Sedimentary History of the Late Jurassic-Paleogene of Northeast Bulgaria and the Bulgarian Black Sea
Neil Harbury, Martin Cohen, 1997. "Sedimentary History of the Late Jurassic-Paleogene of Northeast Bulgaria and the Bulgarian Black Sea", Regional and Petroleum Geology of the Black Sea and Surrounding Region, A. G. Robinson
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Callovian to Paleocene strata outcrop in the Varna region of northeast Bulgaria, and have also been recorded from several wells in both the Black Sea and onshore locations to the northeast and the south of Varna in the Kamchia Basin. Sedimentological data collected from the abundant core material recovered from these wells allow detailed facies schemes to be developed and regional paleofacies maps to be constructed.
During the Callovian to Valanginian, eastern Bulgaria and the Bulgarian Black Sea were divided into areas dominated by shallow-marine carbonate sedimentation and deeper water environments. The boundary between these facies belts is a broadly east-west line south of Shumen and Varna, and becomes more northeast-southwest in the Black Sea. Seismic data and well studies suggest the platform had a ramp morphology with a gradation of facies from shallow-marine through deeper ramp to basinal facies from north to south. Limited reworking of shelfal material into the basin is recognized, with some intraformational calcirudites and slumping, which suggest that the ramp may, in places, have been distally steepened. Local faulting of the ramp allowed carbonate breccias derived from a shallow-marine area to be reworked into the basin in places. Hauterivian and Barremian marls were deposited, and turbiditic sandstones are recognized in the more basinal areas.
The ramp morphology of the platform was lost by Aptian times. Aptian facies include sandstones, mixed carbonate/siliciclastic facies, and marls. These shallow-marine sedimentary rocks indicate that the Kamchia Basin had become filled by the Aptian. Sedimentary rocks of Albian age are not recorded in the subsurface nor in outcrops of the eastern Moesian Platform; possibly, the late Aptian was a period of erosion and/or nondeposition in eastern Bulgaria. The “mid” Cretaceous elevation of the region above sea level may be interpreted as rift-flank uplift, which was a local response to a Western Black Sea rift event. Basement uplift may also explain the continen-tal basement clasts that provided an important siliciclastic source to the Aptian shallow-marine deposits in an otherwise carbonate-dominated basin.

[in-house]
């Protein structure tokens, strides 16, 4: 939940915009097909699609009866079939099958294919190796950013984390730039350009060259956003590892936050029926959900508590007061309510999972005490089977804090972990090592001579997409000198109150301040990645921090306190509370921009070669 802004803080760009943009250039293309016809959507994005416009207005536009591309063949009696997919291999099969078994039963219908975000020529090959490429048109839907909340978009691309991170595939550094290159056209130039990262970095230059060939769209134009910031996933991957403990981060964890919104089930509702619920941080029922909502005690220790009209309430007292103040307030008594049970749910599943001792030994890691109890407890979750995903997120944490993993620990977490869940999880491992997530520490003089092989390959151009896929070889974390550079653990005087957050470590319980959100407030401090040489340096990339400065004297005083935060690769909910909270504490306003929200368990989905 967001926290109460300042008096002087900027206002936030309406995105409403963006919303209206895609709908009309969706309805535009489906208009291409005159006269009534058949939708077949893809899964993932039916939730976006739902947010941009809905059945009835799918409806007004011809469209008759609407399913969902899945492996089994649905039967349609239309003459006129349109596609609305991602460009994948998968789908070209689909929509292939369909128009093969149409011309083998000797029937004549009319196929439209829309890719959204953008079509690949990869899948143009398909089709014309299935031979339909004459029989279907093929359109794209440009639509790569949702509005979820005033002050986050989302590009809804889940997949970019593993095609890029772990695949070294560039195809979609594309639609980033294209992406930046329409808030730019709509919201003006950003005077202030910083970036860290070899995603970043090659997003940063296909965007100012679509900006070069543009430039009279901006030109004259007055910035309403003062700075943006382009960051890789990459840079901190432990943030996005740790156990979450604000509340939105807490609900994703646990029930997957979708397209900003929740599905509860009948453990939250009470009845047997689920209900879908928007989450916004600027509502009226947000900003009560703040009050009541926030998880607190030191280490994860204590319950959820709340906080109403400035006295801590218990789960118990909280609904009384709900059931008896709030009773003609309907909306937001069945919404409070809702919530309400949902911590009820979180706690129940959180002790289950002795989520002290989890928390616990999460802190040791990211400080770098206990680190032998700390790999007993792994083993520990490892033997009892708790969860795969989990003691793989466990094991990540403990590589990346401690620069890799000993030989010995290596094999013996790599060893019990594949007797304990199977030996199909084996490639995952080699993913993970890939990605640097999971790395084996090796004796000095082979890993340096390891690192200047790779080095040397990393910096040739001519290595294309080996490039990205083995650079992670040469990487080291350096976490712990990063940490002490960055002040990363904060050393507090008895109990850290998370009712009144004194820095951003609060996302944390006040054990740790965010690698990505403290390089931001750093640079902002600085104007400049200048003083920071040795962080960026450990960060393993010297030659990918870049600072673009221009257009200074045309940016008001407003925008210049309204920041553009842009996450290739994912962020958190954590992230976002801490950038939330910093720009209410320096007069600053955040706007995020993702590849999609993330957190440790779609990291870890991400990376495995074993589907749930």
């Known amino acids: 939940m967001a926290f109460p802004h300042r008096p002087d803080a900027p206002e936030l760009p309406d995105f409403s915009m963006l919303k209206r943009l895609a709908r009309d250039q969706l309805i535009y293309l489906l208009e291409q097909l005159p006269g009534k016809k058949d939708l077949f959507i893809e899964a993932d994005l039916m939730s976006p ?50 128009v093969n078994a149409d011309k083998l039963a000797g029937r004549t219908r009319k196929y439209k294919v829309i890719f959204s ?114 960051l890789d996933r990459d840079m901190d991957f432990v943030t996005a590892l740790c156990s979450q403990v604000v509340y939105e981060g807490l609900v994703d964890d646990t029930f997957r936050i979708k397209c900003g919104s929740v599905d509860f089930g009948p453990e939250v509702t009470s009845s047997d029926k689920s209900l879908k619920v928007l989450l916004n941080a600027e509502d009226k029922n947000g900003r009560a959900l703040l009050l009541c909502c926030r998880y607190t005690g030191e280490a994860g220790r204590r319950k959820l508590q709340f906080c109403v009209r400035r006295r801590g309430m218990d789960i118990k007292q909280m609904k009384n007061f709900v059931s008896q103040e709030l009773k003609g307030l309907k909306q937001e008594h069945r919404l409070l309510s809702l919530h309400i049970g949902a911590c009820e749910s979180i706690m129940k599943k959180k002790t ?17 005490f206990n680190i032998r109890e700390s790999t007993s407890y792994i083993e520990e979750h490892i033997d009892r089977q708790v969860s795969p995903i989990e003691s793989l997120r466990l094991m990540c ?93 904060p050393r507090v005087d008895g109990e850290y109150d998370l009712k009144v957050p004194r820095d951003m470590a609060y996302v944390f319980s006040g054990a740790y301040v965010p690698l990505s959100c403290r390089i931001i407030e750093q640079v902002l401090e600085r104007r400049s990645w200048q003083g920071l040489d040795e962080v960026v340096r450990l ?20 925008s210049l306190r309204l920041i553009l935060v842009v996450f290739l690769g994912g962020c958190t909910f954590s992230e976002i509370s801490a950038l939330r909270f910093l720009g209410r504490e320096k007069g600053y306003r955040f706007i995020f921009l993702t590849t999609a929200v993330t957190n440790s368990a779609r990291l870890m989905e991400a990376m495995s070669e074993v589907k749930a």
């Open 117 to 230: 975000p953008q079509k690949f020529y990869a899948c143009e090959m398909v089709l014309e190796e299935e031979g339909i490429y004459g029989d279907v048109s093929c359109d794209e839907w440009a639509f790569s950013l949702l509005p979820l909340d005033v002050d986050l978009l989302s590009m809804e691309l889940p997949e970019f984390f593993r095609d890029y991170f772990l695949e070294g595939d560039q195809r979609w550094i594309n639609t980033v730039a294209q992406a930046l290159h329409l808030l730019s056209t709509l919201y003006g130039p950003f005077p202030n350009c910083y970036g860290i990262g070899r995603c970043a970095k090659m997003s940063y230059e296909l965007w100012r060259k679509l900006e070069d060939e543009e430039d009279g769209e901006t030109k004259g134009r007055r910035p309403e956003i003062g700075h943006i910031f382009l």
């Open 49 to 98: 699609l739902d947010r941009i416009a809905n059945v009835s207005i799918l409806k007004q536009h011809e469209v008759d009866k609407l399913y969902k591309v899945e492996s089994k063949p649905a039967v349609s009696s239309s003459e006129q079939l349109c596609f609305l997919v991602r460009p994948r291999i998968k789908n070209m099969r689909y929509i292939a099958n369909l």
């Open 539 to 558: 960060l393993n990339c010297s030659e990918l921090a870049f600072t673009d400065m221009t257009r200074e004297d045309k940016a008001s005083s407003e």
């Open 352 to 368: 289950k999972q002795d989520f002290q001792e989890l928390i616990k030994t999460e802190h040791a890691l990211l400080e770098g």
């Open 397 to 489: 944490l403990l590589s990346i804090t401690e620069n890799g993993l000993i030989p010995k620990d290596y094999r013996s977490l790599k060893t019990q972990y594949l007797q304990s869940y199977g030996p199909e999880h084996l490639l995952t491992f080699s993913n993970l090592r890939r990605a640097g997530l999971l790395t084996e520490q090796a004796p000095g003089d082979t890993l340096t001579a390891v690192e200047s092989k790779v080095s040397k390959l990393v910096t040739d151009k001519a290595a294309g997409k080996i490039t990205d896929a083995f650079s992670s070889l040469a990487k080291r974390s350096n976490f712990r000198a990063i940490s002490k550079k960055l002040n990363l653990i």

Upper Cretaceous-Paleocene rocks are commonly exposed in the Varna region. Facies include a variety of carbonates and mixed siliciclastics/car-bonates, in which pelagic, shallow-marine, and siliciclastic components were mixed by shallow-marine hydrodynamic processes and bioturbation. Deposition of laterally extensive lime mudstones during Campanian times suggests widespread flooding of the northern platform region. Intensely bioturbated intervals, abundant glauconite, and increased proportions of siliciclastic detritus in certain intervals imply periods of condensed sedi-mentation over a broad platform.
In late Paleocene times, shallow-marine coralline algal buildups developed in the Ravna Gora region and are correctable with similar algal-rich deposits recorded in outcrop in northeast Bulgaria. Early Eocene facies include sandstones and packstones, often containing abundant nummulite foraminifera.
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Regional and Petroleum Geology of the Black Sea and Surrounding Region
In 1967 and 1969, two oceanographic cruises were made in the Black Sea under the guidance of the Woods Hole Oceanographic Institute: The cruises included scientists from many countries and disciplines. Their aims were to determine the recent geological and geochemical evolution of the Black Sea, to map the shallow structure of the basin, and to study the interaction between the oxidized surface waters and the anoxic waters beneath them. The results were published 23 years ago, as AAPG Memoir 20 (Ross and Degens, 1974). During the 1969 cruise, the vessel Atlantis II collected 40 piston cores, which formed the basis of most of the subsequent geological studies that were restricted to very recent sedimentation. Speculations concerning the origin of the basin and the relationship of the geology offshore to that exposed around the margins of the Black Sea were rooted in pre-plate tectonic concepts of basin formation and were in any case hampered by a lack of relevant data (Brinkmann, 1974).
In 1976, the Glomar Challenger visited the Black Sea on Leg 42B of the Deep Sea Drilling Project and drilled and cored three deep-water sites (379, 380, and 381). Well 381 north of the Bosporus encountered sediments as old as Miocene, including some apparently deposited in shallow water (Ross, 1978).
The next major volume in Western literature to deal with the Black Sea was published a decade later, collecting papers presented two years earlier at a conference in Yalta. In this volume, a number of seismic reflection lines